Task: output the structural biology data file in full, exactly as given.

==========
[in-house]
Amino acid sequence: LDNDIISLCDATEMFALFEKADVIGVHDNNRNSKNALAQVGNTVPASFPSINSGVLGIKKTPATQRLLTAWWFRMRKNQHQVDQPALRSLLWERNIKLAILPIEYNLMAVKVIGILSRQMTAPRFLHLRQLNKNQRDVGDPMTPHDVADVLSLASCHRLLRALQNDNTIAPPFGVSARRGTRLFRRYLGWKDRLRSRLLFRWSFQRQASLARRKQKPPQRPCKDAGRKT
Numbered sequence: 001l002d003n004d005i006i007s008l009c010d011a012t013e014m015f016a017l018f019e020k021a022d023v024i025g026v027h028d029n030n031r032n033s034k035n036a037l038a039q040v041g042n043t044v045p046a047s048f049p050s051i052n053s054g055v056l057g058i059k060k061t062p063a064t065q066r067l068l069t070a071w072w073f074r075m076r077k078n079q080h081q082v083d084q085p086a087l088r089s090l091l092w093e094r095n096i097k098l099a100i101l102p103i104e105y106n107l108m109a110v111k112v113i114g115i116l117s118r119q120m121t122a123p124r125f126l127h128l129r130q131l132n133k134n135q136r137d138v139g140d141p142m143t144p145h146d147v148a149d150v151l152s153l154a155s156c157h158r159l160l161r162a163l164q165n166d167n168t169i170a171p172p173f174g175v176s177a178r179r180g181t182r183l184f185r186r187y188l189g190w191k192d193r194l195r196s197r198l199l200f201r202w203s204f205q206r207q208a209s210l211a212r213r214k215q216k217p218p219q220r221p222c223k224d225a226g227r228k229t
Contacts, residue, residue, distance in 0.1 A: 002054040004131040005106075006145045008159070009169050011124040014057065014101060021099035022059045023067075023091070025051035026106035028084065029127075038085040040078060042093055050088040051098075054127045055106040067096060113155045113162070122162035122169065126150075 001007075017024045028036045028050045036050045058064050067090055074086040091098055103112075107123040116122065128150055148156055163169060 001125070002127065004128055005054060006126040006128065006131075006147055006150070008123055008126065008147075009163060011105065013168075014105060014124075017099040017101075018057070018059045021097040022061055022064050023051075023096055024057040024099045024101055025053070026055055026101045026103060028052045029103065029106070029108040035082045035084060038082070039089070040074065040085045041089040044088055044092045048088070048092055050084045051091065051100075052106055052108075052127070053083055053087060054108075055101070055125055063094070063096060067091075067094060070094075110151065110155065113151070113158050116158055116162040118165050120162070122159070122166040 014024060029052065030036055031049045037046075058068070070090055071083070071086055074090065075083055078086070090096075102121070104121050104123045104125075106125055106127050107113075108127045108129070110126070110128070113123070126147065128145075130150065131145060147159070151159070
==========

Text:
[in-house]
Amino acid sequence: LDNDIISLCDATEMFALFEKADVIGVHDNNRNSKNALAQVGNTVPASFPSINSGVLGIKKTPATQRLLTAWWFRMRKNQHQVDQPALRSLLWERNIKLAILPIEYNLMAVKVIGILSRQMTAPRFLHLRQLNKNQRDVGDPMTPHDVADVLSLASCHRLLRALQNDNTIAPPFGVSARRGTRLFRRYLGWKDRLRSRLLFRWSFQRQASLARRKQKPPQRPCKDAGRKT
Numbered sequence: 001l002d003n004d005i006i007s008l009c010d011a012t013e014m015f016a017l018f019e020k021a022d023v024i025g026v027h028d029n030n031r032n033s034k035n036a037l038a039q040v041g042n043t044v045p046a047s048f049p050s051i052n053s054g055v056l057g058i059k060k061t062p063a064t065q066r067l068l069t070a071w072w073f074r075m076r077k078n079q080h081q082v083d084q085p086a087l088r089s090l091l092w093e094r095n096i097k098l099a100i101l102p103i104e105y106n107l108m109a110v111k112v113i114g115i116l117s118r119q120m121t122a123p124r125f126l127h128l129r130q131l132n133k134n135q136r137d138v139g140d141p142m143t144p145h146d147v148a149d150v151l152s153l154a155s156c157h158r159l160l161r162a163l164q165n166d167n168t169i170a171p172p173f174g175v176s177a178r179r180g181t182r183l184f185r186r187y188l189g190w191k192d193r194l195r196s197r198l199l200f201r202w203s204f205q206r207q208a209s210l211a212r213r214k215q216k217p218p219q220r221p222c223k224d225a226g227r228k229t
Contacts, residue, residue, distance in 0.1 A: 002054040004131040005106075006145045008159070009169050011124040014057065014101060021099035022059045023067075023091070025051035026106035028084065029127075038085040040078060042093055050088040051098075054127045055106040067096060113155045113162070122162035122169065126150075 001007075017024045028036045028050045036050045058064050067090055074086040091098055103112075107123040116122065128150055148156055163169060 001125070002127065004128055005054060006126040006128065006131075006147055006150070008123055008126065008147075009163060011105065013168075014105060014124075017099040017101075018057070018059045021097040022061055022064050023051075023096055024057040024099045024101055025053070026055055026101045026103060028052045029103065029106070029108040035082045035084060038082070039089070040074065040085045041089040044088055044092045048088070048092055050084045051091065051100075052106055052108075052127070053083055053087060054108075055101070055125055063094070063096060067091075067094060070094075110151065110155065113151070113158050116158055116162040118165050120162070122159070122166040 014024060029052065030036055031049045037046075058068070070090055071083070071086055074090065075083055078086070090096075102121070104121050104123045104125075106125055106127050107113075108127045108129070110126070110128070113123070126147065128145075130150065131145060147159070151159070